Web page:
THE claim that the world needs the US to oust dictators and promote democracy has never been quite accurate, or even honest. George W. Bush maintained that both were his administration’s goals in Iraq, but never once mentioned that Iraqi oil reserves were at that time estimated at 112 billion barrels, but could be as much as 350 billion barrels. If promoting democracy in Iraq meant re-opening its oil resources to Western oil companies, the US did promote democracy — and Chevron’s interests — there.

As for ousting dictators, numerous countries had done that long before it occurred to Bush Jr. and his predecessors that the US has the divine right to make the world safe for US corporate interests. The Haitians ousted Francois Duvalier in 1971; Indonesia’s Suharto, in power for 32 years, was ousted in 1998 — and the Philippines’ Ferdinand Marcos was overthrown by the EDSA mutiny in 1986.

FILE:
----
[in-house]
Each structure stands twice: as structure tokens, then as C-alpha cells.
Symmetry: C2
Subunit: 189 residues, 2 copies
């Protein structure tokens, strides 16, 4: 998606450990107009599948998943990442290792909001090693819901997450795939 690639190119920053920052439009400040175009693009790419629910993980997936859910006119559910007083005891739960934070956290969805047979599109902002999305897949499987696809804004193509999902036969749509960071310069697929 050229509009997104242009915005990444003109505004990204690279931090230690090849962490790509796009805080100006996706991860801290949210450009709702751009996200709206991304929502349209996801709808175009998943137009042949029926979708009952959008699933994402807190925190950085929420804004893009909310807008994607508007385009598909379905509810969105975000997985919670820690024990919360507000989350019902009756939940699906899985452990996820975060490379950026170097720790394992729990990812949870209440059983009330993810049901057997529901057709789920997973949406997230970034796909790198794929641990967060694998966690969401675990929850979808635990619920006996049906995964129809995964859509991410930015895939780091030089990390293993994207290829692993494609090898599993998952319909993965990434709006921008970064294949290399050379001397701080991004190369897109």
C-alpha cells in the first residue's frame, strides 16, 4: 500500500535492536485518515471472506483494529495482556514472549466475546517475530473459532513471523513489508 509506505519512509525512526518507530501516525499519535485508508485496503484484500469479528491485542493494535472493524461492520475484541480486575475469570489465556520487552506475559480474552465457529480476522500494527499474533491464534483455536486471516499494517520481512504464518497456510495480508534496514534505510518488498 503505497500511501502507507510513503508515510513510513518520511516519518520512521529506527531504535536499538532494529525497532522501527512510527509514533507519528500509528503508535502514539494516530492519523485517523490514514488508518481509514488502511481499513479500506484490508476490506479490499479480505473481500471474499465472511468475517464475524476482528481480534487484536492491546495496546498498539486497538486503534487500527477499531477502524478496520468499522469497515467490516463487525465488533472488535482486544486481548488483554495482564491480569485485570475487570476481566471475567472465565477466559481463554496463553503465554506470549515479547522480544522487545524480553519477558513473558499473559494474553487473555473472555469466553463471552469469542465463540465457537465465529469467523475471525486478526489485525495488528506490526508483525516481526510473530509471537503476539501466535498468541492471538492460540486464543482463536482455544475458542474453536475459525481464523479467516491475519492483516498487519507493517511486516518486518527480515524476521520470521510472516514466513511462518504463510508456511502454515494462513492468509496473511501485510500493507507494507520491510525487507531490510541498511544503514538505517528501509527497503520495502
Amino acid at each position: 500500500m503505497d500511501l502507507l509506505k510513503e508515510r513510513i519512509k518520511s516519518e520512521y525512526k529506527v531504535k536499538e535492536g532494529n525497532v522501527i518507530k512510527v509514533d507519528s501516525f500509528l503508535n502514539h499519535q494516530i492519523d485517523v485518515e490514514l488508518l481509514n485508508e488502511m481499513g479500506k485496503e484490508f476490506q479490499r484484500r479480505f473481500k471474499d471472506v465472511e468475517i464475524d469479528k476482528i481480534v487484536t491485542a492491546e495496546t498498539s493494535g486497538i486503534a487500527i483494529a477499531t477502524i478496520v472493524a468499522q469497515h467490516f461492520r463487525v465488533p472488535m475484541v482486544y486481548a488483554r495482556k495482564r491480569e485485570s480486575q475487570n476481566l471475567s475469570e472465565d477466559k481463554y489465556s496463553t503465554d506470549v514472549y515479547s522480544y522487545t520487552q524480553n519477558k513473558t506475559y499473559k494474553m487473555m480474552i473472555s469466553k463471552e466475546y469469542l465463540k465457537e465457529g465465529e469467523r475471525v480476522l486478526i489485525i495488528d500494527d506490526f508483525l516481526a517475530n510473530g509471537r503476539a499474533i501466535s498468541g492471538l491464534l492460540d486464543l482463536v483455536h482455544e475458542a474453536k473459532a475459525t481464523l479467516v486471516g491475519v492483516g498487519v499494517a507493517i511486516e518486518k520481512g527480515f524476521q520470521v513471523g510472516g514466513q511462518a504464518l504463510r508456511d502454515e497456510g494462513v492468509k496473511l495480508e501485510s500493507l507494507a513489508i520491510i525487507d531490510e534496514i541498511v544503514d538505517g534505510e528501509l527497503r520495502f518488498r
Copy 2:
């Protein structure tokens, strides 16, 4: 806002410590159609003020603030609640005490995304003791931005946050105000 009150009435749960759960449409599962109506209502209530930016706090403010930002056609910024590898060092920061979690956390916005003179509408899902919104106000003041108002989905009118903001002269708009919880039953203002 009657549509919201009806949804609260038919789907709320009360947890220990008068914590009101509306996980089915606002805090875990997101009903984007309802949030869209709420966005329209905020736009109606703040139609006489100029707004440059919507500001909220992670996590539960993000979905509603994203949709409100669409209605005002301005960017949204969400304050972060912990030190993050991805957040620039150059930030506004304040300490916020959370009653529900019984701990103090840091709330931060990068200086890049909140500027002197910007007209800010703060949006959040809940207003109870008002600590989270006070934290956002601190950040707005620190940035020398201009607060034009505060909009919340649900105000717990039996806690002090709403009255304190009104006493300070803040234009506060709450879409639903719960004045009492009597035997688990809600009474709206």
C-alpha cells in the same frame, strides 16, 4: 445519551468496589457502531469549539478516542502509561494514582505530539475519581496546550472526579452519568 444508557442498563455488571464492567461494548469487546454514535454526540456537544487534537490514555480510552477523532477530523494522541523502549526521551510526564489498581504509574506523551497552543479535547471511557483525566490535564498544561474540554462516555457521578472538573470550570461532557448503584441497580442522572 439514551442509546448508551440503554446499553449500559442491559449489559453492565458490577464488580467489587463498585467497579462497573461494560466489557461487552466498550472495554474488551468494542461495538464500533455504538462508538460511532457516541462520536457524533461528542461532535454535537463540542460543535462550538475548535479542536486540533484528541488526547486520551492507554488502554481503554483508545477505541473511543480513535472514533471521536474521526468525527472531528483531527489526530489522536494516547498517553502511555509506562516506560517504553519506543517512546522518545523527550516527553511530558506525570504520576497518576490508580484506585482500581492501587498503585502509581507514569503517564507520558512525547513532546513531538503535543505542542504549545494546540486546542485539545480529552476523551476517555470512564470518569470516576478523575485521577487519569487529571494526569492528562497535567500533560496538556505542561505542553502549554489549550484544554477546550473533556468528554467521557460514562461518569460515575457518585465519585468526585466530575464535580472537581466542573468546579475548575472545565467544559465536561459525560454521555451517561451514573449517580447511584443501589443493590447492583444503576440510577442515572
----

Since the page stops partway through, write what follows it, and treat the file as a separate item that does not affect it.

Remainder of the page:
In none of these cases was it necessary for the US to invade to promote or restore democracy. On the contrary. In all these cases, as in hundreds of others during the last 100 years, US intervention was necessary to install and keep these dictators in power. It supported Marcos with military and economic aid up to the very end, as it did Iran’s Shah Reza Pahlevi , whose repressive regime fell in 1977. It fomented the assassination of Chile’s Salvador Allende in 1973 and put Augusto Pinochet in power. US Marines occupied Haiti in 1915 supposedly to quell civil disturbances, and stayed until 1934.

Nearly a hundred years before EDSA, the US invaded the Philippines to colonize it despite the proclamation in 1899 of the First Asian Republic. After that, the US shrewdly opted for supporting local elites rather than directly colonizing their countries.